Many years ago, I moved from the small market town of my birth in Yorkshire to London to become a student. It was a great cultural shock, even in Church terms; I was catapulted from a small branch into a thriving multi-national ward. There was a particular sister I remember for all the very best reasons; she loved the Lord. The Lord has commanded us to attend church on the sabbath, and she was always there. When the Bishop needed any help, this sister always volunteered, and when he announced that the ward choir needed more members, she joined.
This kind sister had a unique voice; it was loud and shrill and always a fraction off key. She sang with enthusiasm, despite her rather obvious lack of natural talent, and went to every practice. She also paid to have singing lessons.
I’ve never forgotten her because she taught me several important lessons. The choir leader was a professional opera singer and I marvelled at her patience and understanding, and how she didn’t let an obviously difficult situation dampen her enthusiasm. But most of all, I marvelled at the sister who couldn’t sing. She obviously loved the Lord with all her heart. Anything that was asked of her she willingly did. She did not use any excuse for not accomplishing what was asked. The choir needed members and she was going to do her bit. She worshipped God in song, though it was not one of her talents. She sang the same way that she loved the Lord—with all her heart.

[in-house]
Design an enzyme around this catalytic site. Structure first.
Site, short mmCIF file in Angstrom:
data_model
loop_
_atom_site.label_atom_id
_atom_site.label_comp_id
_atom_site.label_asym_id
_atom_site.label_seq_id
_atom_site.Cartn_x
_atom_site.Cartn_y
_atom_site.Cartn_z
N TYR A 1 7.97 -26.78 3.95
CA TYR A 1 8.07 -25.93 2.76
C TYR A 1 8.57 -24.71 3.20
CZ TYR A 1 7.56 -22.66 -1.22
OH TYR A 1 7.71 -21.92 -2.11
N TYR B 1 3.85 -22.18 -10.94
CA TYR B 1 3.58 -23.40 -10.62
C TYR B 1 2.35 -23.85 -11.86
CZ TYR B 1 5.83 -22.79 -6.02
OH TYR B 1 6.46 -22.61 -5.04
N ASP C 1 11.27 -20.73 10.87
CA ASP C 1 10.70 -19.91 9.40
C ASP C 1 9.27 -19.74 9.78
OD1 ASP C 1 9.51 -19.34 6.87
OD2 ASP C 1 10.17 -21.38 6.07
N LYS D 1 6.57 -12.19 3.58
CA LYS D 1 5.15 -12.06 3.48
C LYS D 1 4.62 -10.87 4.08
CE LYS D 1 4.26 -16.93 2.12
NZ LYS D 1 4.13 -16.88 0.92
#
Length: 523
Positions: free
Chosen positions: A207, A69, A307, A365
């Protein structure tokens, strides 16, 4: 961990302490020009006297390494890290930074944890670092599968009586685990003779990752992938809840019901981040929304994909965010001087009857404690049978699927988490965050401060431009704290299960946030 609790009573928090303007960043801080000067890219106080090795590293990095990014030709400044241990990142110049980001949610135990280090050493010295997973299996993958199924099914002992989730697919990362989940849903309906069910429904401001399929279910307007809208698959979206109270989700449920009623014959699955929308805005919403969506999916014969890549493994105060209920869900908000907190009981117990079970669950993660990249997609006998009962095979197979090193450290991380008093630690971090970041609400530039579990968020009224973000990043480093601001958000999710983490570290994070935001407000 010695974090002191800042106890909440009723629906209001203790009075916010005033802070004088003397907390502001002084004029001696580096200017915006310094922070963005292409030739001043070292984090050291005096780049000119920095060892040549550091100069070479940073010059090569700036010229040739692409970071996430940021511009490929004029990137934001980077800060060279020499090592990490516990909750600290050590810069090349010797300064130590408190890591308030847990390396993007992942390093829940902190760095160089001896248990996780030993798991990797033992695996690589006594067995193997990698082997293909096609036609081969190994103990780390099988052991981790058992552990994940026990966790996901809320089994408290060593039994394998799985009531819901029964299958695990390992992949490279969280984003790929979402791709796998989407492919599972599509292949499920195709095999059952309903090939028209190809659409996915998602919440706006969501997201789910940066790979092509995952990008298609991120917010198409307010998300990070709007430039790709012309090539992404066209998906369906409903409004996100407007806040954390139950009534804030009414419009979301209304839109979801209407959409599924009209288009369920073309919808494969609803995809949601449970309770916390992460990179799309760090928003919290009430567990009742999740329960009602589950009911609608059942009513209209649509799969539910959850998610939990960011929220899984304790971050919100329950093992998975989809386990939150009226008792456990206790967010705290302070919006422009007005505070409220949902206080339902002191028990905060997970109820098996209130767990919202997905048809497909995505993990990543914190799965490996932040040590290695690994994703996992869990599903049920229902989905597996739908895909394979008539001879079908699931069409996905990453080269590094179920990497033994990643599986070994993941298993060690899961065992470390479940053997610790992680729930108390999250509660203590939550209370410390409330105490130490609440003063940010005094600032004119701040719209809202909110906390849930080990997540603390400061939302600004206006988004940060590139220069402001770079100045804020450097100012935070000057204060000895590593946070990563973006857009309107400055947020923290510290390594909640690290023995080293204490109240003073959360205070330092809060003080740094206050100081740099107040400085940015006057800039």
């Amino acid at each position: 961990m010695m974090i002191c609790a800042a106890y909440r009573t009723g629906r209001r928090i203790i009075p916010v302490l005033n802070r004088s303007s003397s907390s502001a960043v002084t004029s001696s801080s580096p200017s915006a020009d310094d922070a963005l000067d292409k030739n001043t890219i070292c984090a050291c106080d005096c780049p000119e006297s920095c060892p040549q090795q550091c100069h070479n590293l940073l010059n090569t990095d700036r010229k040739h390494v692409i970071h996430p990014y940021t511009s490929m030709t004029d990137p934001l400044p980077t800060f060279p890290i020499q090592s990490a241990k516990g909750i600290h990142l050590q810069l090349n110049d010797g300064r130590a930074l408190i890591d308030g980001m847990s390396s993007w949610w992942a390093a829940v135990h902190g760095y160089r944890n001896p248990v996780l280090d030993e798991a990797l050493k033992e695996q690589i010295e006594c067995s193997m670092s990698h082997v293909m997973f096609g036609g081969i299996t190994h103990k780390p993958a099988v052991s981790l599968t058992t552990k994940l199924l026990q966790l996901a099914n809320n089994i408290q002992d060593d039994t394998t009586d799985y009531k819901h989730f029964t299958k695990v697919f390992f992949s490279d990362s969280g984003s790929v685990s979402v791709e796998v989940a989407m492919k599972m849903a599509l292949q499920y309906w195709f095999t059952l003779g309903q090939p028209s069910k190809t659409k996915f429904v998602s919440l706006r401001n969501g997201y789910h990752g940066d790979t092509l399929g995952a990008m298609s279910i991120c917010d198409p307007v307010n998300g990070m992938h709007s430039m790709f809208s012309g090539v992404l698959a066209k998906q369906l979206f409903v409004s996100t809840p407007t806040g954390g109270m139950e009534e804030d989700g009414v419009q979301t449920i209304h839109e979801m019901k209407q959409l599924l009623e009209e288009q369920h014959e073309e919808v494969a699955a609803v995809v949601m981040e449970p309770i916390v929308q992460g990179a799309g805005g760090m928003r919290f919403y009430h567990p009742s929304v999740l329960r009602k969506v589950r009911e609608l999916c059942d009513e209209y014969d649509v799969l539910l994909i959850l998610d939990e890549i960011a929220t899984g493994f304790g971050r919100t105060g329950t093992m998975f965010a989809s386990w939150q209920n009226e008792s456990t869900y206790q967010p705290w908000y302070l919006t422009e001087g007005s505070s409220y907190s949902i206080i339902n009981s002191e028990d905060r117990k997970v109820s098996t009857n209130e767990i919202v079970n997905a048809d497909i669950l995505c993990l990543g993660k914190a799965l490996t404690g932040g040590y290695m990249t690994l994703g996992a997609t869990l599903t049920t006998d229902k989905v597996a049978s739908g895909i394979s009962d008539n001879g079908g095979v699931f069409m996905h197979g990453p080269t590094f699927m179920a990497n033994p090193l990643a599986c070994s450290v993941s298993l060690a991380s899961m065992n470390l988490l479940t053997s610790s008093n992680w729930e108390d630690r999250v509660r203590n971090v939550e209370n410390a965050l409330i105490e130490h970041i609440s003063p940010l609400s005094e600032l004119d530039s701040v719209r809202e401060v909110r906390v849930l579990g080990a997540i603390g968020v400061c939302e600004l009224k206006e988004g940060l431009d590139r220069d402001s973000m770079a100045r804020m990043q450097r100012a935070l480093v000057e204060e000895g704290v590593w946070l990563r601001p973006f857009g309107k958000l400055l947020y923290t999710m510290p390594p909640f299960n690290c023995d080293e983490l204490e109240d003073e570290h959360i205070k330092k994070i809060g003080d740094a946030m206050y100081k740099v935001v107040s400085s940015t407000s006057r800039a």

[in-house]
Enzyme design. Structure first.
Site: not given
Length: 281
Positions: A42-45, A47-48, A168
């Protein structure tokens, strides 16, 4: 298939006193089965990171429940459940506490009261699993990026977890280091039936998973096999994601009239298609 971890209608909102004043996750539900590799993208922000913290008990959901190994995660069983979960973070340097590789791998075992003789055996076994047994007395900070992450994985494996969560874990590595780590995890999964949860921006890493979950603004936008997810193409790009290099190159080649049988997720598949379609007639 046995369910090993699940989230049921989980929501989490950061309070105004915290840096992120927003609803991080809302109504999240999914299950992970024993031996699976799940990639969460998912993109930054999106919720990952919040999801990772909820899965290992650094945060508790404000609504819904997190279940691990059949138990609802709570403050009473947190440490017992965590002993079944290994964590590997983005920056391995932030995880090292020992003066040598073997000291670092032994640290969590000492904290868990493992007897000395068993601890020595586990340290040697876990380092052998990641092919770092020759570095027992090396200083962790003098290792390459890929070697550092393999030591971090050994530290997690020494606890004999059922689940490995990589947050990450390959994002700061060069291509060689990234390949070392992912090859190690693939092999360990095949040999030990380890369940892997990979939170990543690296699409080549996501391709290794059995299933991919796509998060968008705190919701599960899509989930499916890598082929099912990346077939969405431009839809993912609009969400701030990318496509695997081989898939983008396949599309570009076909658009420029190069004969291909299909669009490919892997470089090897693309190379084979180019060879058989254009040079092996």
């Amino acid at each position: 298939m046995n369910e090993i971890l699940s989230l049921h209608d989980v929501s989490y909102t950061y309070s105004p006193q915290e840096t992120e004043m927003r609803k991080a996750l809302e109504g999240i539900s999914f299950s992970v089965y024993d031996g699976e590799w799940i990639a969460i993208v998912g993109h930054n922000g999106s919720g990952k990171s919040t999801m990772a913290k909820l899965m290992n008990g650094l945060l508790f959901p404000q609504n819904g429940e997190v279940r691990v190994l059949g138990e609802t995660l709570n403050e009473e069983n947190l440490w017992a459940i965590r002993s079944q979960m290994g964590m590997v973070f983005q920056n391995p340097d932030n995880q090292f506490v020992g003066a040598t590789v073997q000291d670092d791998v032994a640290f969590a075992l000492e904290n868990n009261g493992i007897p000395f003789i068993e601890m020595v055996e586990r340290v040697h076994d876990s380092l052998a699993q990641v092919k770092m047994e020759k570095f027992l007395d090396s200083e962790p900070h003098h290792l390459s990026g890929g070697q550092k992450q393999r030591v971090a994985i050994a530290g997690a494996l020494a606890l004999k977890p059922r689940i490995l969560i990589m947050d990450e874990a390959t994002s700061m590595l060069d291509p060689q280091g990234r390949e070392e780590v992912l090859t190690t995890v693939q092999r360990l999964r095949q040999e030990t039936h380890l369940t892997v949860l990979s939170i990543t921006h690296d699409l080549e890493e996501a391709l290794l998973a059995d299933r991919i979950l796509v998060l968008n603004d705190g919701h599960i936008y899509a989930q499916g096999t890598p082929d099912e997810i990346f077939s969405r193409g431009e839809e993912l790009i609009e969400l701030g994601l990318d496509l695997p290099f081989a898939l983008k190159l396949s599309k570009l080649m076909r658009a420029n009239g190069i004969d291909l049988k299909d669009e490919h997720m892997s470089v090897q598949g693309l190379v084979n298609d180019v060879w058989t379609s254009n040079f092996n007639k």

She taught me to live the Gospel as she did, happily doing whatever was asked. I may not do it as well as someone else could do it, I may not get through each day perfectly in tune with the Spirit, but I should keep trying and refuse to make excuses for not giving my best—even when my best falls short of perfection.
This sister has probably passed away by now, and joined the heavenly choir, and been gifted with the voice of an angel. To my mind, she has earned it.